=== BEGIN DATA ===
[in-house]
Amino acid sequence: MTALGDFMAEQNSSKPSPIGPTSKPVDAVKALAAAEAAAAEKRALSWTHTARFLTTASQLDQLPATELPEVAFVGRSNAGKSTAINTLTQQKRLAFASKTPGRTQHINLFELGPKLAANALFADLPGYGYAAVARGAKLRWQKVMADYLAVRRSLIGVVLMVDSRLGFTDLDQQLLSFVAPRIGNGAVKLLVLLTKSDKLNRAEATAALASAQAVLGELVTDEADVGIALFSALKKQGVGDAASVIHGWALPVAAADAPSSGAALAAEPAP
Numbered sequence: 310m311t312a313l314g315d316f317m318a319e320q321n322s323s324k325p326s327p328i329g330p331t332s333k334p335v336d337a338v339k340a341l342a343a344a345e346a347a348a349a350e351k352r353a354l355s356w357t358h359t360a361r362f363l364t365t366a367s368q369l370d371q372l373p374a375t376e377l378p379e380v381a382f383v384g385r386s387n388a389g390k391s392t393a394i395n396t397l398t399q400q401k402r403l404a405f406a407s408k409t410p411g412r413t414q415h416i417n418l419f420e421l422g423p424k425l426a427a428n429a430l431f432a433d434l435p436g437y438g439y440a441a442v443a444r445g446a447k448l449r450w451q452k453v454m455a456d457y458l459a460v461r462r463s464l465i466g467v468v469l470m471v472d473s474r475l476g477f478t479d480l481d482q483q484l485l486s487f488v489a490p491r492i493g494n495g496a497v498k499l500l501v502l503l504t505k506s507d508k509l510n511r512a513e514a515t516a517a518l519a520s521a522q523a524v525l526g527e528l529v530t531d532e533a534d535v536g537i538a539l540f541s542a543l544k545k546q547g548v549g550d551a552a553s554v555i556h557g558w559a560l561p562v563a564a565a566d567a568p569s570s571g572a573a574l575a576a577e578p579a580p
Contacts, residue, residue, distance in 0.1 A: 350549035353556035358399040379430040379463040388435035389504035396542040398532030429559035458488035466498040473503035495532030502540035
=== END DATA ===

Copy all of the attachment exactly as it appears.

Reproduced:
[in-house]
Amino acid sequence: MTALGDFMAEQNSSKPSPIGPTSKPVDAVKALAAAEAAAAEKRALSWTHTARFLTTASQLDQLPATELPEVAFVGRSNAGKSTAINTLTQQKRLAFASKTPGRTQHINLFELGPKLAANALFADLPGYGYAAVARGAKLRWQKVMADYLAVRRSLIGVVLMVDSRLGFTDLDQQLLSFVAPRIGNGAVKLLVLLTKSDKLNRAEATAALASAQAVLGELVTDEADVGIALFSALKKQGVGDAASVIHGWALPVAAADAPSSGAALAAEPAP
Numbered sequence: 310m311t312a313l314g315d316f317m318a319e320q321n322s323s324k325p326s327p328i329g330p331t332s333k334p335v336d337a338v339k340a341l342a343a344a345e346a347a348a349a350e351k352r353a354l355s356w357t358h359t360a361r362f363l364t365t366a367s368q369l370d371q372l373p374a375t376e377l378p379e380v381a382f383v384g385r386s387n388a389g390k391s392t393a394i395n396t397l398t399q400q401k402r403l404a405f406a407s408k409t410p411g412r413t414q415h416i417n418l419f420e421l422g423p424k425l426a427a428n429a430l431f432a433d434l435p436g437y438g439y440a441a442v443a444r445g446a447k448l449r450w451q452k453v454m455a456d457y458l459a460v461r462r463s464l465i466g467v468v469l470m471v472d473s474r475l476g477f478t479d480l481d482q483q484l485l486s487f488v489a490p491r492i493g494n495g496a497v498k499l500l501v502l503l504t505k506s507d508k509l510n511r512a513e514a515t516a517a518l519a520s521a522q523a524v525l526g527e528l529v530t531d532e533a534d535v536g537i538a539l540f541s542a543l544k545k546q547g548v549g550d551a552a553s554v555i556h557g558w559a560l561p562v563a564a565a566d567a568p569s570s571g572a573a574l575a576a577e578p579a580p
Contacts, residue, residue, distance in 0.1 A: 350549035353556035358399040379430040379463040388435035389504035396542040398532030429559035458488035466498040473503035495532030502540035